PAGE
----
Just as things began to return to some sense of normal in Daylesford, metropolitan Victoria's return to lockdown has hit businesses hard.
The tourist town enjoyed what may be its last day of full street and busy trading on Tuesday before Premier Daniel Andrews' decision to return Melbourne to stage three COVID-19 restrictions came into place.
While retail stores, cafes and restaurants were full for much of Tuesday morning and afternoon, a mainstay of the Daylesford business community is calling on locals to do their part in supporting each other.
Lachy John, whose family owns Paradise Bookshop on Vincent Street, said he and his family are preparing for a massive decline in revenue but remain optimistic because of the support they received from the community during the COVID-19 shut down earlier in the year.
"My family will feel the effect in terms of a massive drop in income," he said.
"Only about 30 per cent of our normal trade comes from locals so we're going to see a significant drop for sure. However all the support we've received from the community every time they would walk through the door makes it worth it.
"This place has been a staple of the community for a long time, so it's nice to receive that affirmation that they appreciate the fact we're still open."
While Mr John estimates his family's business will lose around 70 per cent of its customers over the next six weeks, one accommodation venue situated just outside of Daylesford believed they're set to lose an even greater percentage.
Owner and operator of Cozy Tents Glamping in Yandoit Jarek Dobrjanski estimates his business will lose upwards of 90 per cent of its customers until the travel ban is lifted.
"Our business is made up of around 90 per cent visitors from Melbourne, which is pretty crazy," he said.
"Even looking at our bookings for today, we were nearly booked out... we've gone from 10 bookings to two. It's pretty bad. We have one booking from Ballarat tomorrow, but nothing for the weekend."
Mr Dobrjanski is hoping some support may come from visitors from other areas of regional Victoria as he aims to keep his business running over the next six weeks.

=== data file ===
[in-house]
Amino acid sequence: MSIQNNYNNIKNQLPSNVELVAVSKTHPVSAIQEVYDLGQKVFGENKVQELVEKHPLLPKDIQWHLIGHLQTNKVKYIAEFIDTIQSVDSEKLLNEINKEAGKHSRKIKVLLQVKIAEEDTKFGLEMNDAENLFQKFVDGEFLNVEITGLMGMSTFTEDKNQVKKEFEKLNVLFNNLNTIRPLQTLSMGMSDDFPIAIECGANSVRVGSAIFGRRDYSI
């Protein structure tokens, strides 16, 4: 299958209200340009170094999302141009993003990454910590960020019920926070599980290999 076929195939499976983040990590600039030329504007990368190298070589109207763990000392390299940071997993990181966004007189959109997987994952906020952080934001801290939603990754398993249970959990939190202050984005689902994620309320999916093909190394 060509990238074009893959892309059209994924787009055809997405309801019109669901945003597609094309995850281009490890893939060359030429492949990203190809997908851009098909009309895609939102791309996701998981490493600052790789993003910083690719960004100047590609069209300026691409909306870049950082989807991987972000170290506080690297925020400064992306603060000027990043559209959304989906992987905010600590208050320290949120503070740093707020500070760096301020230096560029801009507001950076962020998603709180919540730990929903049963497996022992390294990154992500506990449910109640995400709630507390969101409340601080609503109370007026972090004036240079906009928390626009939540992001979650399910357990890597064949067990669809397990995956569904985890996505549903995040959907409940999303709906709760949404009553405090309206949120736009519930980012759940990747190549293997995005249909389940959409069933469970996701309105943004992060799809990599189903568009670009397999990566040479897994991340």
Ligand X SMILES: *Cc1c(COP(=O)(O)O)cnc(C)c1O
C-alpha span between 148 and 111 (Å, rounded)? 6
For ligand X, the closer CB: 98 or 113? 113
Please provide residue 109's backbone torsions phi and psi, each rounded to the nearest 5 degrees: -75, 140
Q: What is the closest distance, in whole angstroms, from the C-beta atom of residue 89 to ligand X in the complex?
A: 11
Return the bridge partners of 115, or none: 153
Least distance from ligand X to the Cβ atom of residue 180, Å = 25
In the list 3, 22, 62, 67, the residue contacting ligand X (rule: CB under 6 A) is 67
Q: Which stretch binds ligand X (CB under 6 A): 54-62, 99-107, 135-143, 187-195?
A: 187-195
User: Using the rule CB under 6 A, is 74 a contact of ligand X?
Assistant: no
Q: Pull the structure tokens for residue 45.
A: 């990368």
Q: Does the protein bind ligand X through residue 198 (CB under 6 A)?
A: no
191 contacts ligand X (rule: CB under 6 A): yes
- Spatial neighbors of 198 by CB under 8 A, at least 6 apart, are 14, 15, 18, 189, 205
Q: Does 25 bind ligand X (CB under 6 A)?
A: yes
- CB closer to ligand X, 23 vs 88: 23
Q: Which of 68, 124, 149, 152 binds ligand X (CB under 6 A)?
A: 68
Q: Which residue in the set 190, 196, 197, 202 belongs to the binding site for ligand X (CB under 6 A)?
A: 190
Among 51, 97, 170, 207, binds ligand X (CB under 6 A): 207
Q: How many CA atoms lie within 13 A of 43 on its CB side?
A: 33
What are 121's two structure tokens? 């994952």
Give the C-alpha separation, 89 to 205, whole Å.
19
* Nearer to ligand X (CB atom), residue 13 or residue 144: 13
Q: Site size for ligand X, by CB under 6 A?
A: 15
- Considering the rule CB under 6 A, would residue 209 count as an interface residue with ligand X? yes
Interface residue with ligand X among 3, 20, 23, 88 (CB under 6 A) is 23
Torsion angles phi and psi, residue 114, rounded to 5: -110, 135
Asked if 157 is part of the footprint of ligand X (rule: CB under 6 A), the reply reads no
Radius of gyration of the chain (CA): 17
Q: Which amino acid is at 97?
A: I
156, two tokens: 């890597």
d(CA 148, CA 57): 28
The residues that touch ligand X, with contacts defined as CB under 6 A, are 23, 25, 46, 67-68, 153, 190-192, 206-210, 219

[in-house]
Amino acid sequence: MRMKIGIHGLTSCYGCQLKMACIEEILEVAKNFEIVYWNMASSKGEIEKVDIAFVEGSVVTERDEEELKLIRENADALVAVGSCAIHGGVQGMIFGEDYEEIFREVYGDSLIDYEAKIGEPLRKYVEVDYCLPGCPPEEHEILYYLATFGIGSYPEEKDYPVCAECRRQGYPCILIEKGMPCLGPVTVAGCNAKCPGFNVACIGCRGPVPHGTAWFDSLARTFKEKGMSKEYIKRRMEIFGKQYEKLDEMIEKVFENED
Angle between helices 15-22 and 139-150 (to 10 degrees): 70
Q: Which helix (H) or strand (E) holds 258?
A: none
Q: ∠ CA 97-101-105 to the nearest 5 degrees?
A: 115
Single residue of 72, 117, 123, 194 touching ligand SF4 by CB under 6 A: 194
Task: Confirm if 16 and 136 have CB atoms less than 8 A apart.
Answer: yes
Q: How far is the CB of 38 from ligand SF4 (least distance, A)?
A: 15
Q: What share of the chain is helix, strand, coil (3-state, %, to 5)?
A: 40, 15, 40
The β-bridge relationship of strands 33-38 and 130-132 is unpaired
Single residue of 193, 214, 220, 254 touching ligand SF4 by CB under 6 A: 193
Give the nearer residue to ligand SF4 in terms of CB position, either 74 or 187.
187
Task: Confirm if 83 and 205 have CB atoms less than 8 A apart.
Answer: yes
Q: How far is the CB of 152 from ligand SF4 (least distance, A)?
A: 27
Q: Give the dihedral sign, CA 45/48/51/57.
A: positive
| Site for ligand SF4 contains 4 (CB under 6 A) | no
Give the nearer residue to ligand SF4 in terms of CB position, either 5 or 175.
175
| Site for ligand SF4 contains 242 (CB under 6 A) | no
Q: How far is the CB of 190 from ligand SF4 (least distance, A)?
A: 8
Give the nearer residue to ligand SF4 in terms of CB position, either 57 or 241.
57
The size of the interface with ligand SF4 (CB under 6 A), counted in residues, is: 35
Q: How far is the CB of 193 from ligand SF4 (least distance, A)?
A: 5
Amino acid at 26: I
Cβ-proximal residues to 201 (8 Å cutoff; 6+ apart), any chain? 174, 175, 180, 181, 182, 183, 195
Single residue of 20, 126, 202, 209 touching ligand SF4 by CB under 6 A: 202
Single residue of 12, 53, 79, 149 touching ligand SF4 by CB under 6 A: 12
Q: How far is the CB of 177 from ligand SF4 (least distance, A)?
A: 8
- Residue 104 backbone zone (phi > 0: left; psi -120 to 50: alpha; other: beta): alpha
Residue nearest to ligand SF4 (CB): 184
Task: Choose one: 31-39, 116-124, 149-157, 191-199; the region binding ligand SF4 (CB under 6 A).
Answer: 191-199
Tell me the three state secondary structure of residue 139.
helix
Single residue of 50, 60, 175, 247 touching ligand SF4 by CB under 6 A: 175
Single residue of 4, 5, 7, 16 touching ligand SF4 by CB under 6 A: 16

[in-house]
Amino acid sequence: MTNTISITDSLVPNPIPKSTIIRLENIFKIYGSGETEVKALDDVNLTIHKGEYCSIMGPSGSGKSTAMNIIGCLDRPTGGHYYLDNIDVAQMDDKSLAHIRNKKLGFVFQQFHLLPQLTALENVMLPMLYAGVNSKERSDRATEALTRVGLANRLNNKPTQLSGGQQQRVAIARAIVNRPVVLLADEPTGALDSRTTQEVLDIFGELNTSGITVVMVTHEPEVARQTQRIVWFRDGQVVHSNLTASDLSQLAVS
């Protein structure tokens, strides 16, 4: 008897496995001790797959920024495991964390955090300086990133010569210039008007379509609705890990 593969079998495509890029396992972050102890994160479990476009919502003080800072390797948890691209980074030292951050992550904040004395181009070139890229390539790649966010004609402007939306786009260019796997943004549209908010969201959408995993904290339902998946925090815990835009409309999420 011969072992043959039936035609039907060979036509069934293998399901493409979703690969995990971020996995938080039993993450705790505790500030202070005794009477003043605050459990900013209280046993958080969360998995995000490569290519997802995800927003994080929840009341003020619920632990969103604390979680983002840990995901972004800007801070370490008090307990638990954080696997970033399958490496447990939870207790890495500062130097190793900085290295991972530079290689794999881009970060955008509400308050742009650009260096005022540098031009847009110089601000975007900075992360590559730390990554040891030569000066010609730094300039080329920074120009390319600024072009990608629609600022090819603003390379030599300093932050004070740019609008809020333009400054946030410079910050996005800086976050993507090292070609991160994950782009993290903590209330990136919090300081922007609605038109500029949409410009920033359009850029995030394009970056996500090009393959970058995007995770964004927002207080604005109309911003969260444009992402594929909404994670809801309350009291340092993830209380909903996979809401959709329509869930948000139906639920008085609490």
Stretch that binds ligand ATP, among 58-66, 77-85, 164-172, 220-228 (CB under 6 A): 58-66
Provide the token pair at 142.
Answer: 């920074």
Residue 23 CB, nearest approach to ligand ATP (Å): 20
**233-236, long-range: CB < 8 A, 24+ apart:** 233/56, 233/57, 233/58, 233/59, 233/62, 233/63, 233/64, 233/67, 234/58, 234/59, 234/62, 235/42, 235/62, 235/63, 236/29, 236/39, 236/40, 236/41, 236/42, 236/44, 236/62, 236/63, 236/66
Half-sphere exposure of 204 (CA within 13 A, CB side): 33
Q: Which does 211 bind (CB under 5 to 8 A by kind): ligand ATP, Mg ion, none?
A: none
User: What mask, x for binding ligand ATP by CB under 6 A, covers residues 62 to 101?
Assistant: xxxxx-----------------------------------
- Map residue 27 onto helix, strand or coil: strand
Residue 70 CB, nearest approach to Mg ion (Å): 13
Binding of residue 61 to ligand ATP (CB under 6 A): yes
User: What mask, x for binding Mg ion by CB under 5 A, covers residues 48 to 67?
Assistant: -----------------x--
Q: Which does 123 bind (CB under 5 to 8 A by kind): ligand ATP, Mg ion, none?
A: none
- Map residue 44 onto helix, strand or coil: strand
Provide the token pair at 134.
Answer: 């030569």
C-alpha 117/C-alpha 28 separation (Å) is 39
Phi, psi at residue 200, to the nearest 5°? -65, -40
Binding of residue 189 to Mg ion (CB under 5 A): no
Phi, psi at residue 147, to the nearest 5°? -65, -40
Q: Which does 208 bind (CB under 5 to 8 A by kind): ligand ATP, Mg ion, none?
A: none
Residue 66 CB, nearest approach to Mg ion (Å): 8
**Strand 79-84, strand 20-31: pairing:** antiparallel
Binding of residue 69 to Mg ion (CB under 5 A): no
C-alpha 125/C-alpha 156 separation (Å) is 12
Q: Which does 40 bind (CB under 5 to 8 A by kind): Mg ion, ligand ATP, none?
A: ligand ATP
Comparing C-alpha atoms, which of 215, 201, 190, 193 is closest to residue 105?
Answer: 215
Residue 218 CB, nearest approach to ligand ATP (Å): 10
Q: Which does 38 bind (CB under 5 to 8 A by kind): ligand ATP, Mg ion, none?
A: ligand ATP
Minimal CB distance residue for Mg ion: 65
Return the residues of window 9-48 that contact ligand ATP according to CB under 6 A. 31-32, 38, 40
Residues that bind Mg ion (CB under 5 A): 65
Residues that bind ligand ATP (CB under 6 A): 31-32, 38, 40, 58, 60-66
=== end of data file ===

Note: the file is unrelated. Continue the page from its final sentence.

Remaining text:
"Getting some support from those other areas of regional Victoria will be really important over the next six weeks," he continued.
"Normally, those people only make up for less than five per cent of our operation, so to see people from regional Victoria come and support us Daylesford businesses in general would be really nice.
"It's good that we can stay open... but it's going to be a hard six weeks."
As people from metropolitan Victoria go back into stage three COVID-19 restrictions, the mayor of one of the region's tourist hot-spots is preparing for a difficult few weeks.
Hepburn Shire Council mayor Licia Kokocinski has been put in the unenviable position of balancing the safety of her community with the prosperity of the region's businesses.
Speaking in Daylesford on Tuesday afternoon, Cr Kokocinski did not mince words when describing how difficult the lockdown will make things within the region.
"The situation is very grim and we're really worried, not just about the next six weeks but certainly over the next couple of months," she said.
"I keep saying we're stuck between a rock and a hard place because for the towns is our shire, tourism is the backbone of the economy. If they shut down when some have only just reopened, it will be devastating.
"(The Hepburn Shire Council) is trying to do our best within the shire. Our economic development unit is doing their best to support our businesses. We're trying very hard to balance the needs of the community with the needs of our businesses. It's a difficult balancing act."
Looking at the amount of people still populating the main street of Daylesford on Tuesday afternoon, Cr Kokocinski said she was surprised so many tourists were still in town after Premier Daniel Andrews' press conference on Tuesday.
Moving forward, she added she hopes those visiting the region act responsibly and follow the Premier's directive.
"I am surprised to see this many people still in Daylesford," she continued.
"I presume these visitors will be heading home and hope people who have booked accommodation in Daylesford don't just think "we'll just leave when we're ready."
"People are supposed to stay in the Melbourne metropolitan area, whether they do or not is going to be interesting. For the safety of our community they should take heed and stay home."
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